What is the Home, and who stays there in Christopher Paul Curtis's Bud, Not Buddy?

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Tamara K. H. eNotes educator| Certified Educator

By page 6 of the first chapter of Christopher Paul Curtis's early reader's novel Bud, Not Buddy, we learn that the protagonist Bud refers to the orphanage he lives in as "the Home."

In Chapter 1, Bud and his friend Jerry have just been informed that the Home has found foster families willing to take the two boys in at the start of the school year. The two boys respond to the news as if they've just been told that their best friend had died, and we learn it is due to the fact that they anticipate experiencing even more severe hardships than they face there in the Home.

Buddy also informs us that he was placed in the Home at the age of six, when his mother died, and has been in and out of the Home and foster homes ever since. He further goes on to describe the touching scene in which he gets ready to leave the Home, one more time. First, he reassures Jerry, stopping him from crying, by telling him he'll be alright because the three little girls Jerry is about to go live with will likely treat him "like some kind of special pet" (p. 4). Then, he goes through the process of stripping his bed, pulling out his suitcase, checking to see if his belongings are still wrapped up in the blanket inside, and looking over some flyers his mother once owned before her death. He hints that the show announcement printed on one flyer in particular disturbed her so much that it led to her suicide. He ends the chapter by sitting shoulder to shoulder with Jerry on Jerry's bed and sadly thinking, "Here we go again" (p. 8).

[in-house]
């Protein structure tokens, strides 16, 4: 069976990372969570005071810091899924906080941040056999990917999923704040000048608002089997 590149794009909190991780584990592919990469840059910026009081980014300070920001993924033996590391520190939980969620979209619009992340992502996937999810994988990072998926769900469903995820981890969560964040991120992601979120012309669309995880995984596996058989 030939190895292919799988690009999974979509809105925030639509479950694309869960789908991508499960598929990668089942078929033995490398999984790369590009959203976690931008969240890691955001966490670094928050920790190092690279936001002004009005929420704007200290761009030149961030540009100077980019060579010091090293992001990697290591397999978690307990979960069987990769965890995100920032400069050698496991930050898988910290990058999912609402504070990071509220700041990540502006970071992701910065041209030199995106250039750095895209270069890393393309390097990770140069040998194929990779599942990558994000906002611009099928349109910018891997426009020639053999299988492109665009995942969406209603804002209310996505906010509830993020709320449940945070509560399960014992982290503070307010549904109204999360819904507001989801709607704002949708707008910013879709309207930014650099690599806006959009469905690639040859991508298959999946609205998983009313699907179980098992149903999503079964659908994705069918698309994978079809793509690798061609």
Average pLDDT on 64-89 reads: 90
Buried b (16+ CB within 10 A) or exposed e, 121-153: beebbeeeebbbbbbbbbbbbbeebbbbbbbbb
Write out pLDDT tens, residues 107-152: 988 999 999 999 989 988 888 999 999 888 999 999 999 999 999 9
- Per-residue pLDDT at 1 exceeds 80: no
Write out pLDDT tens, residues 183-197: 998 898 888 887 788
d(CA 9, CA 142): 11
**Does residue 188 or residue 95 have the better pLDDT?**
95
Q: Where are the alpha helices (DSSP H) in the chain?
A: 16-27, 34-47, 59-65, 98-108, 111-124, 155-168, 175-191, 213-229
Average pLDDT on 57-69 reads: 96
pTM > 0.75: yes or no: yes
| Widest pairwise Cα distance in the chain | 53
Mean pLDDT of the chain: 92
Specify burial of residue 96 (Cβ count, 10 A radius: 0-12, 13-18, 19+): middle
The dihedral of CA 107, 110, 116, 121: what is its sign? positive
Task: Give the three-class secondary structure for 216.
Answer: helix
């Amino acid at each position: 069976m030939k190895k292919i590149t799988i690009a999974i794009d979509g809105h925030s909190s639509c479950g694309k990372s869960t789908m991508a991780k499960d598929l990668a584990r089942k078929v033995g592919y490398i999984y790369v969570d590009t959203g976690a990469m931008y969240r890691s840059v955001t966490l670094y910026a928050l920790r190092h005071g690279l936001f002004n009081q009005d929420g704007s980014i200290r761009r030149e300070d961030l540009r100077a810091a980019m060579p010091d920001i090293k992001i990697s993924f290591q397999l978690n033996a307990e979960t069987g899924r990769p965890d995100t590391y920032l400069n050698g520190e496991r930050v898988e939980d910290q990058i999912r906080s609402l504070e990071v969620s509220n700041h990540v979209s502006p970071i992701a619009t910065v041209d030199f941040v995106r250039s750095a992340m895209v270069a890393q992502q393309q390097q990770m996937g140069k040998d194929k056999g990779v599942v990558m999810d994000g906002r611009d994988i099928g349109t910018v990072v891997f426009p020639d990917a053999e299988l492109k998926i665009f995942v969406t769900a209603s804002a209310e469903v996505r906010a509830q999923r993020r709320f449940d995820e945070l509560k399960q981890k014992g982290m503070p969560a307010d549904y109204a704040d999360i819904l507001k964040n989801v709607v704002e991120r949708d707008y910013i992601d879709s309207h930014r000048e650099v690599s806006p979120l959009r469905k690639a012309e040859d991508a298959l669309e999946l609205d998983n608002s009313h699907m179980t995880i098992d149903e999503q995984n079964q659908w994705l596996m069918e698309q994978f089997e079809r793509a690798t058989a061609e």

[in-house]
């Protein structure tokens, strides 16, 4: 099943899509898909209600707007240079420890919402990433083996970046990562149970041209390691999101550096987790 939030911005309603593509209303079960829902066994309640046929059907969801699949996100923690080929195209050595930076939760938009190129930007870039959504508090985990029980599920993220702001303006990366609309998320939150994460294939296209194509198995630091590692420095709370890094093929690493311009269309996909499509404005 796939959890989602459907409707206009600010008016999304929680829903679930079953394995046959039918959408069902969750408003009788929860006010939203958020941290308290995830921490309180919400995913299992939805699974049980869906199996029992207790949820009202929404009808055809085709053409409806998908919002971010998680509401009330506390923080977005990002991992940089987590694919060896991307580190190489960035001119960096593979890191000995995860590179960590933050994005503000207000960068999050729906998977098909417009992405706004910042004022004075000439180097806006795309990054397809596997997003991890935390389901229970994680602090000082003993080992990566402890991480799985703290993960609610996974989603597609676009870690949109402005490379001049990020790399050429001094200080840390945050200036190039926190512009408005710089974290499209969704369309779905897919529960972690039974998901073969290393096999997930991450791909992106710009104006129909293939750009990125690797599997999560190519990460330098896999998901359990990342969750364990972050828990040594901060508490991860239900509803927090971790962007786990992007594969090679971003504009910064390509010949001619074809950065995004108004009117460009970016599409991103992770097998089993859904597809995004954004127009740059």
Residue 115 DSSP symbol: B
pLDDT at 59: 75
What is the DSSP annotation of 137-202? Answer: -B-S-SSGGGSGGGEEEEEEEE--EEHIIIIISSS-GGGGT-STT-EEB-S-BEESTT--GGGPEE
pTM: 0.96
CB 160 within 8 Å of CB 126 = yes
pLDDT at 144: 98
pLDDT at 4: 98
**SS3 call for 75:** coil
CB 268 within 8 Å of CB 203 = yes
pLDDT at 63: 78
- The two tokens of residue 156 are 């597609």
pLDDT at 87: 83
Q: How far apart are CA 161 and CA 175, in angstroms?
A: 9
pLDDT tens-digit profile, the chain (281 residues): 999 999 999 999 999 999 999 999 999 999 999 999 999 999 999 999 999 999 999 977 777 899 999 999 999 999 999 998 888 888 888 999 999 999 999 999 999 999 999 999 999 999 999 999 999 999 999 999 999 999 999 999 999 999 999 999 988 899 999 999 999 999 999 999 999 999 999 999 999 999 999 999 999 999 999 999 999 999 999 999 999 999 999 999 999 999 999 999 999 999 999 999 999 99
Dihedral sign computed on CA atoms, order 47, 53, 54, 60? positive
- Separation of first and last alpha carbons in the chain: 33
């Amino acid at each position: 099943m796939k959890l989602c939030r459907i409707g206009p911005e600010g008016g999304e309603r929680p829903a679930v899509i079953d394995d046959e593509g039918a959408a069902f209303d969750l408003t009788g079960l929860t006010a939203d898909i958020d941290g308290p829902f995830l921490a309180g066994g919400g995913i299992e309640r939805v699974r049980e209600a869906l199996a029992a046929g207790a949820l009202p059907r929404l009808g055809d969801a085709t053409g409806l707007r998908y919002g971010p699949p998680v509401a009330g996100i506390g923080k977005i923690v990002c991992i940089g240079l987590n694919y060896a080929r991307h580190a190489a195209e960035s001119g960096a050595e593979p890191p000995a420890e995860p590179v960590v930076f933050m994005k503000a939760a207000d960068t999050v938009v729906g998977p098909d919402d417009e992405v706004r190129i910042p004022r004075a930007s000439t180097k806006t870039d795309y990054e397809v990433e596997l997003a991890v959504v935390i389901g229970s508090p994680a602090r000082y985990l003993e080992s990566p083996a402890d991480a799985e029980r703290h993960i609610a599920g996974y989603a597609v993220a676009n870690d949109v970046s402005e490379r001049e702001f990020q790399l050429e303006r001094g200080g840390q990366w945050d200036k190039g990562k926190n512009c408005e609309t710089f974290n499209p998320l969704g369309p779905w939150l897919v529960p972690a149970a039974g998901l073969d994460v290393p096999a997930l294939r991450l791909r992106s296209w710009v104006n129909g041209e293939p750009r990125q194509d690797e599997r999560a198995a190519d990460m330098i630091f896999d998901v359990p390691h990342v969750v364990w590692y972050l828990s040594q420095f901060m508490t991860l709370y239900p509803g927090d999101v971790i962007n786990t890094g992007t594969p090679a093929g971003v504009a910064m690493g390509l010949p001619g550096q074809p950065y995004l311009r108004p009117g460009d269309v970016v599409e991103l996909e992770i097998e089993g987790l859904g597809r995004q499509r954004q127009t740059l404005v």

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Bud, Not Buddy

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